Nov 14, 2018 04:51 AM

Central Bank Branches Pump Funds Into Private Sector

Branches of the People’s Bank of China reported increasing financial support to private enterprises. Photo: VCG
Branches of the People’s Bank of China reported increasing financial support to private enterprises. Photo: VCG

* The Shanghai branch of the PBOC said relending credits to financial institutions for loans to small and micro businesses rose 55% from the previous year

* Branches in Tianjin and Dongguan also reported increasing financial support to private enterprises

Local branches of China’s central bank are flexing their muscles to expand credit support to small and private businesses in response to the central government’s sustained campaign to bolster the private sector in the face of a cooling economy.

Branches of the People’s Bank of China (PBOC) are leveraging the central bank’s recent monetary easing moves aimed at steering loans to cash-starved small and private enterprises. These include a relending program that allows commercial lenders to use loans as collateral for borrowing cheap funds from the central bank. The other tool is a rediscounting program under which the central bank essentially buys up existing loans, pumping liquidity into the banking system.

The Shanghai branch of the PBOC said Tuesday that it has provided 5.3 billion yuan ($762 million) through relending to eight financial institutions for loans to small and micro businesses so far this year, a 55% increase from the previous year. As of Nov. 9, the Shanghai branch has also provided rediscount credits totaling 26 billion yuan to 21 financial institutions to support such lending.

PBOC branches in Tianjin and Dongguan also reported increasing financial support to private enterprises.

However, the central bank reported Tuesday that total social financing, a broad measure of credit and liquidity in China’s economy, fell sharply in October, suggesting that the government’s efforts to expand lending haven’t yet taken full effect.

The expanded relending and rediscount credits mainly came from increased quotas set by the Beijing headquarters. China’s central bank last month announced 150 billion yuan of relending and rediscount quotas targeting micro and small businesses. The new quotas come on top of 150 billion yuan of similar quotas that were issued in June.

The Shanghai branch said it issued 1.8 billion yuan in five loans using the relending quota in one week after the issuance of the October policy. It plans an additional 3.6 billion yuan in rediscount loans to private businesses in November, the branch said, adding that it has shortlisted a number of private companies in manufacturing and other industries as lending targets.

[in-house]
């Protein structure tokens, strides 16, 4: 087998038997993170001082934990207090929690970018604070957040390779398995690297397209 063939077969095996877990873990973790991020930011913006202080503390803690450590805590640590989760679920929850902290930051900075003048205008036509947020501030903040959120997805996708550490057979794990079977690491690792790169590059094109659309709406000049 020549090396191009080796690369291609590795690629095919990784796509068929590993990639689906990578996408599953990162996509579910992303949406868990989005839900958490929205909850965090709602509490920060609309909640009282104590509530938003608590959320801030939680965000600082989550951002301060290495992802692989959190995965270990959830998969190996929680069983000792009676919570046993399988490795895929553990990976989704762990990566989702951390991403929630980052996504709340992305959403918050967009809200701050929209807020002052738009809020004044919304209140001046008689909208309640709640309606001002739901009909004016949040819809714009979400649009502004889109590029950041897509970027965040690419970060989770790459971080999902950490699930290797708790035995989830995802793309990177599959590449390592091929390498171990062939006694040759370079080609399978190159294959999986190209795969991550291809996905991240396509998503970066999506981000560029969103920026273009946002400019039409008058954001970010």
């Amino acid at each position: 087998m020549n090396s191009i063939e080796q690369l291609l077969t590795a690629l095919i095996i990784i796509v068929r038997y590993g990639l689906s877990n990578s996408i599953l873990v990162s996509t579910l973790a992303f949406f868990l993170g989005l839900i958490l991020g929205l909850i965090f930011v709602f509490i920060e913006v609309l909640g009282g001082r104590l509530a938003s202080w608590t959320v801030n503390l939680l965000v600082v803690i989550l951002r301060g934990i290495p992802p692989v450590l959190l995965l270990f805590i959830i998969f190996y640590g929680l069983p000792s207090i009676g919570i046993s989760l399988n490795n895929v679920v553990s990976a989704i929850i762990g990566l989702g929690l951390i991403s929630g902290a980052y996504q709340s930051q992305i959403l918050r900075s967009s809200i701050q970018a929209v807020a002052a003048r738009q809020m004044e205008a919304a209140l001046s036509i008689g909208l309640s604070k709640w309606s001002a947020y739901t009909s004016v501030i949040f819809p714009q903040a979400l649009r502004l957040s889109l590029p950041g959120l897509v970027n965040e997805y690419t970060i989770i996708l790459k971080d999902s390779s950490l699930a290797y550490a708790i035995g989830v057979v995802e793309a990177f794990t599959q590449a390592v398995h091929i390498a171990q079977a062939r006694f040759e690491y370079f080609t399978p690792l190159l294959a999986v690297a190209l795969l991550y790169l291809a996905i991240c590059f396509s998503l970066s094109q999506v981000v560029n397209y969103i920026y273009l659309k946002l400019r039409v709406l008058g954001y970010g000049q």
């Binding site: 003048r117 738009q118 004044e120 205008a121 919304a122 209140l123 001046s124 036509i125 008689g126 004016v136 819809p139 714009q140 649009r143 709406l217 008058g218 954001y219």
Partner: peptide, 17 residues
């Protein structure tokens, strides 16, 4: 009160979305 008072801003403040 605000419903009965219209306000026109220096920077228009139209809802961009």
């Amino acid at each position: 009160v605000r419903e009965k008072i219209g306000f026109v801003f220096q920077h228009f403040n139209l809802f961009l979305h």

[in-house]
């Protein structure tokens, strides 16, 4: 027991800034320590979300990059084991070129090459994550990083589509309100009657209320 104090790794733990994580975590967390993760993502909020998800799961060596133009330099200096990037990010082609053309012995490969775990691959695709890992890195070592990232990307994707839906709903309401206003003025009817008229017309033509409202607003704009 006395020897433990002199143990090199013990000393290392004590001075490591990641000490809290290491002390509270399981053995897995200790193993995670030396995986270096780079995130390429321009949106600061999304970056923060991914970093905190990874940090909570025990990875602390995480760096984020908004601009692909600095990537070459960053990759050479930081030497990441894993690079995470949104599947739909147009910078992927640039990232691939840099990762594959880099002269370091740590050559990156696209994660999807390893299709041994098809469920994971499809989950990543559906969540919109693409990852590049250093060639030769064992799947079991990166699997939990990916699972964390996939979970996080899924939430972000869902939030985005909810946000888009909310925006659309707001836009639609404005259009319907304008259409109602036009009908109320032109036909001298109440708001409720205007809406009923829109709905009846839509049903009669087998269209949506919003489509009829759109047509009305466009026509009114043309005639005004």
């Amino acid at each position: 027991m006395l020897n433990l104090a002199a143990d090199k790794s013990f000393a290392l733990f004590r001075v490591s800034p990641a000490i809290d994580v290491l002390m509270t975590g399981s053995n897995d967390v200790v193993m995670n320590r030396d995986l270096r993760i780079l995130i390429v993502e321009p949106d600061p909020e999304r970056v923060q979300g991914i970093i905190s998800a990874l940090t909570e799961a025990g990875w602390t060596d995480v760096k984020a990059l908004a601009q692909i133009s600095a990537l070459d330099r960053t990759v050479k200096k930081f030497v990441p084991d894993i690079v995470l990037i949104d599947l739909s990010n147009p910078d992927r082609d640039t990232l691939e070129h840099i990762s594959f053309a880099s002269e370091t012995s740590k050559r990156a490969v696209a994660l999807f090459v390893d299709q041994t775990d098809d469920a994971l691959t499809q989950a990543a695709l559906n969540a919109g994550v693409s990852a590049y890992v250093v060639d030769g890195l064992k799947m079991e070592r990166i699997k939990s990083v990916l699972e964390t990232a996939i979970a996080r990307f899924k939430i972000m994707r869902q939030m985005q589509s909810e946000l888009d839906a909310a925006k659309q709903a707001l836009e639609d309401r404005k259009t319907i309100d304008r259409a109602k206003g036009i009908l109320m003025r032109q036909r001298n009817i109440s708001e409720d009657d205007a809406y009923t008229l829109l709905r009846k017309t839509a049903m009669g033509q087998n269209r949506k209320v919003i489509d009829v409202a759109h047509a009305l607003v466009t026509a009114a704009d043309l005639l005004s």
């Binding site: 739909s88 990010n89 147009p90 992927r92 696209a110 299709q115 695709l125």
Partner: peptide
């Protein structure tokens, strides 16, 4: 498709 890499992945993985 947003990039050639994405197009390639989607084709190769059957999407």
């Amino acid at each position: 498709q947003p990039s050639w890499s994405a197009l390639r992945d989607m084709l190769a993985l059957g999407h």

The central bank’s Tianjin office said it will arrange no less than 5 billion yuan each for relending and rediscount credits to enable local banks to issue loans to private borrowers. The central bank’s office in Dongguan, the manufacturing hub in Guangdong province, said it has provided the first batch of 300 million yuan through relending credits to the Bank of Dongguan.

Chinese authorities have taken repeated steps to increase financial backing to the private sector amid rising concerns that a long-running liquidity-tightening campaign is weighing on businesses, which are also feeling the effects of slowing economic growth.

The central bank has pumped out a net 2.3 trillion yuan in liquidity this year by cutting banks’ reserve requirements four times, and it has pledged to provide 10 billion yuan to China Bond Insurance Co. as credit support for debt sales by private enterprises.

Last week, the State Council called on major commercial banks to lower average lending rates for small enterprises by 1 percentage point from the first quarter. Earlier, top banking regulator Guo Shuqing suggested a goal that no less than 50% of new corporate loans go to private companies in the next three years.

By expanding the relending and rediscount quotas, the central bank aims to ensure that the liquidity support flows to the most needed areas, analysts said. But success still mainly depends on commercial banks’ willingness to apply for the quotas, Pacific Securities Co. said in a research note.

Last Friday, the central bank said it will adjust criteria of its macro-prudential assessment (MPA) for commercial banks in the fourth quarter to give more weight to loans for small and private businesses.

Authorities’ recent credit push has fueled concerns that banks may face rising risks when expanding credit for the private sector.

Wang Zhaoxing, vice chairman of the China Banking and Insurance Regulatory Commission, warned that financial institutions should not ease risk controls or lower credit standards in pursuit of lending to small businesses.

The PBOC’s Shanghai office said Tuesday that it will accelerate approval and capital allocation of relending and rediscount credits to support financing needs of small and private businesses. The office said it will also improve monitoring and assessment of lenders and borrowers to make sure the credit is properly used.

Contact reporter Han Wei (

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